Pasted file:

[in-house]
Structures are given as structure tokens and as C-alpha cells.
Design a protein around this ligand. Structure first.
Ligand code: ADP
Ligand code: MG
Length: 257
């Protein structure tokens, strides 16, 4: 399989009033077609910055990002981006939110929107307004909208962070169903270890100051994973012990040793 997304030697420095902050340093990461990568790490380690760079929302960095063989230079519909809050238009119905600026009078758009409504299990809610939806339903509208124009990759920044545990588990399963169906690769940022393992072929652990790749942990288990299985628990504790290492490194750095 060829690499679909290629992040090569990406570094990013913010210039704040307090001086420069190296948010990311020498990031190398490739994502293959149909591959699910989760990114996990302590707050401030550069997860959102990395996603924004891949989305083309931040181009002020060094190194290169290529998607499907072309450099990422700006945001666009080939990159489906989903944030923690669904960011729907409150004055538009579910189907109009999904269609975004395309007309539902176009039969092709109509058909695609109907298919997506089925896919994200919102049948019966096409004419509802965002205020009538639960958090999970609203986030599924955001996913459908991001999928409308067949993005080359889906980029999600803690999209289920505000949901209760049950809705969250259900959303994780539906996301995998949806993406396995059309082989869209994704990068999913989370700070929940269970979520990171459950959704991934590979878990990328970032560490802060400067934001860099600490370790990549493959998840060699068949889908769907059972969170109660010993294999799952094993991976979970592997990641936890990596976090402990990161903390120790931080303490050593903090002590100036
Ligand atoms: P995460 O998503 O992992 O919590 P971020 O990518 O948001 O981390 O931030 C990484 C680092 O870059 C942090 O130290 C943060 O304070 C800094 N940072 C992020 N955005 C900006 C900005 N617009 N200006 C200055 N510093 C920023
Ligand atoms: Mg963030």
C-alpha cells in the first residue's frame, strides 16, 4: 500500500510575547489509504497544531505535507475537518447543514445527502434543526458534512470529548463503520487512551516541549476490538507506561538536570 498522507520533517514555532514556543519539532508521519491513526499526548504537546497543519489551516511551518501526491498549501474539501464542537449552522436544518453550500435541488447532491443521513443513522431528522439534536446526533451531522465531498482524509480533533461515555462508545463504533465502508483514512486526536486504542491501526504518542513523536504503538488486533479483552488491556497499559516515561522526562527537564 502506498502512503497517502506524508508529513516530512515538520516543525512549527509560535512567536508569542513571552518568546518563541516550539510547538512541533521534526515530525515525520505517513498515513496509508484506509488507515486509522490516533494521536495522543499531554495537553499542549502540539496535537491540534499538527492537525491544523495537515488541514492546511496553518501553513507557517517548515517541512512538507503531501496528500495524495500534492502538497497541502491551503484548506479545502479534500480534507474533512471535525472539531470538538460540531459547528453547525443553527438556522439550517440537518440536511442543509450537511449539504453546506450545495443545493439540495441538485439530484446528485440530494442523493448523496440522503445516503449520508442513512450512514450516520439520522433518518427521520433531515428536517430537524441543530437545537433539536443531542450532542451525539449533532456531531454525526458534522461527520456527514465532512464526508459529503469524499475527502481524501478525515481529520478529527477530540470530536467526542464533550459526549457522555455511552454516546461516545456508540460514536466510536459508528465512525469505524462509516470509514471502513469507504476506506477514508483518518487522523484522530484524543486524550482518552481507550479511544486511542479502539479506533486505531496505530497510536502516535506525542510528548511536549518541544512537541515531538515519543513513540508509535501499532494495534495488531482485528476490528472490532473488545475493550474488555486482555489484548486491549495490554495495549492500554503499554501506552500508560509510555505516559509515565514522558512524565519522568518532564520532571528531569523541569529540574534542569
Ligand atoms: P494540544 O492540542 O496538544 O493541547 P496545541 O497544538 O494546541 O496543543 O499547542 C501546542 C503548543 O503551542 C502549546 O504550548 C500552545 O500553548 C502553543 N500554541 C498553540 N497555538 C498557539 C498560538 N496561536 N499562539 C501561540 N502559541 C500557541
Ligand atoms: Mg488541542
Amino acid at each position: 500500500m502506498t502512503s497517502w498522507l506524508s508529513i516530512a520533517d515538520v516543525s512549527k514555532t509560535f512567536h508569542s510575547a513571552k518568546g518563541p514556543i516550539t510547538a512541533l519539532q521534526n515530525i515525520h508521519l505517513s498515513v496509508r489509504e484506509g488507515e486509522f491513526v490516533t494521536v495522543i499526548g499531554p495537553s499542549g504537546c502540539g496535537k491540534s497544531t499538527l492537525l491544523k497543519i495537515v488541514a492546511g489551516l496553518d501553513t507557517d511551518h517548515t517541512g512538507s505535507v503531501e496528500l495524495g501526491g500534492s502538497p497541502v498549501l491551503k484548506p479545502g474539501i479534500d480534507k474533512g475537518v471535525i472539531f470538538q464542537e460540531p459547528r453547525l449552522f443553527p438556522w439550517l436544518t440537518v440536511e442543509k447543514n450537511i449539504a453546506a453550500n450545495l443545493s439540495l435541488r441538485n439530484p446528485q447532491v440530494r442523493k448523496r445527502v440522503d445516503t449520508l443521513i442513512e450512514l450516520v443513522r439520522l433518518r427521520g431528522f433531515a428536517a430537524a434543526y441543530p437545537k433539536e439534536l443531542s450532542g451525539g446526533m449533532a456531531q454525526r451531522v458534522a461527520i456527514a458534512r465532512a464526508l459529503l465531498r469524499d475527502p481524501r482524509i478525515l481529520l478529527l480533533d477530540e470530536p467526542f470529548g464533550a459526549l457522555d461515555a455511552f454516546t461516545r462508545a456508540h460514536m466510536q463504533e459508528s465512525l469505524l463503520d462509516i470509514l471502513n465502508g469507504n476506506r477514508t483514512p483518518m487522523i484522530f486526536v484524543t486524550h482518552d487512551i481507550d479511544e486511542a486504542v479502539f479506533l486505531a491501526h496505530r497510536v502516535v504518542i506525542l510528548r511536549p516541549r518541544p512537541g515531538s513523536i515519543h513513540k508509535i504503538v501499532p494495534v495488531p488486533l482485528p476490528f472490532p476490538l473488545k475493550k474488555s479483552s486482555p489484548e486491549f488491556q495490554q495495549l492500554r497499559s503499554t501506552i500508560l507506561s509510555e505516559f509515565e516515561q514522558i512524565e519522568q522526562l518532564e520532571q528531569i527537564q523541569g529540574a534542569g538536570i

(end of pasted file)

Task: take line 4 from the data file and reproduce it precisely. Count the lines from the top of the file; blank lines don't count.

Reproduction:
Ligand code: ADP